For that I returned on the evening that Storm Clara was breaking. The audience was, sadly, small, and the pianist, Joan-Ramon Company, came and went too quickly for me to snap him before and after the programme. But I did catch the last page of Nadia Boulanger's wonderful, relatively early (1917) odyssey Vers la vie nouvelle which was the last, transcendent work in the concert.
Before it we heard two Nocturnes, two Preludes and the ninth Barcarolle in a chronological procession through Fauré's ever more harmonically enriched works. Difficult to judge the quality of the performance because the acoustic turned much to mush, but it was an intelligent programme, interestingly at odds with the artist's work around it (with the possible exception of the Boulanger).
Back to the day of the main visit, and to the Sert studio, which is so full not only of canvases but of postcards and odd litle cultural artefacts which had a special significance for Miró.
Then up to the Son Boter, entered by a door with a lovely old nativity carving above to the right, picked up in a Palma antique shop.
As with the Sert studio, we had this one to ourselves and an attendant - in this case a very friendly and talkative older man, who was anxious to explain everything about Miró's special work and time here. I'll just leave the different rooms with their graffiti and carefully-placed objects relating to them to speak for themselves, but there was certainly a special magic to the place at dusk.
The Sert studio which we passed on the way out had a further attraction in the semi-darkness. I suppose you could say this was 'l'heure bleue'.
So much time has passed with other exhibitions unrecorded here, though I'd longed to hold forth. Let me just photo-feature some impressions from them without further comment on the individual works. First the revelatory (to me) Bridget Riley exhibition which suited the renovated Hayward Gallery spaces so well, and which I'm so pleased I saw in a planned double-bill with the Queen Elizabeth Hall concert devoted mostly to singular genius Georg Friedrich Haas's homage to her work. Most important about this, as I stressed in my review for The Arts Desk, was that images weren't allowed to conflict with the performance; we saw them before and after.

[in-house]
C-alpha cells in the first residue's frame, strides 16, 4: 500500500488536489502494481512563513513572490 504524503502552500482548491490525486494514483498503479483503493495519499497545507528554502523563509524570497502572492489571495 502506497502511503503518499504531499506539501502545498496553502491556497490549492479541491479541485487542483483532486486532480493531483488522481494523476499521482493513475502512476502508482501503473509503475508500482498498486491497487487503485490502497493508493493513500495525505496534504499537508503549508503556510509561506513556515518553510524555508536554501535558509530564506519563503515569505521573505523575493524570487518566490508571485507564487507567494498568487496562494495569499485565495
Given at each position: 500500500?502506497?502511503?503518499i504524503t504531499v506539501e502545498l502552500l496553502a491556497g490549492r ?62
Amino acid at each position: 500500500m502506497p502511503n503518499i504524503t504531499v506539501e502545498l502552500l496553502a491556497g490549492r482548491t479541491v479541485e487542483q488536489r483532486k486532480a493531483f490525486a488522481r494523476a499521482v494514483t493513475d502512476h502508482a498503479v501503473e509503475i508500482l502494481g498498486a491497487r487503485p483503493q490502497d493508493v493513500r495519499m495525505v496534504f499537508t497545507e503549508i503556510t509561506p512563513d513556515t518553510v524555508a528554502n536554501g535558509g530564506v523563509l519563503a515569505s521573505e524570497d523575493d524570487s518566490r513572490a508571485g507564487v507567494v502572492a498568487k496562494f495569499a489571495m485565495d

The White Cube Bermondsey continues to amaze with the gigantic exhibitions it holds - here was another more or less unified Kiefer spectacular to follow not so long after Walhalla. This time I've chosen canvases with people looking at Superstrings, Runes, The Norns, Gordian Knot. The most evocative for me was a perfect evocation of the Hall of the Gibichung as featured in Götterdämmerung . I still wonder about Kiefer designing a Ring. His images are perhaps too strong and would be in competition with music and drama.
By chance I happened to find myself down Bermondsey High Street a few weeks later. popped back into the White Cube and found the vast spaces somewhat more thinly, but still evocatively, filled by the work of another artist, Cerith Wyn Evans.
This is where I overlap with my Jabberwocky post, so I've just put up a final image and shall leave it at that for now.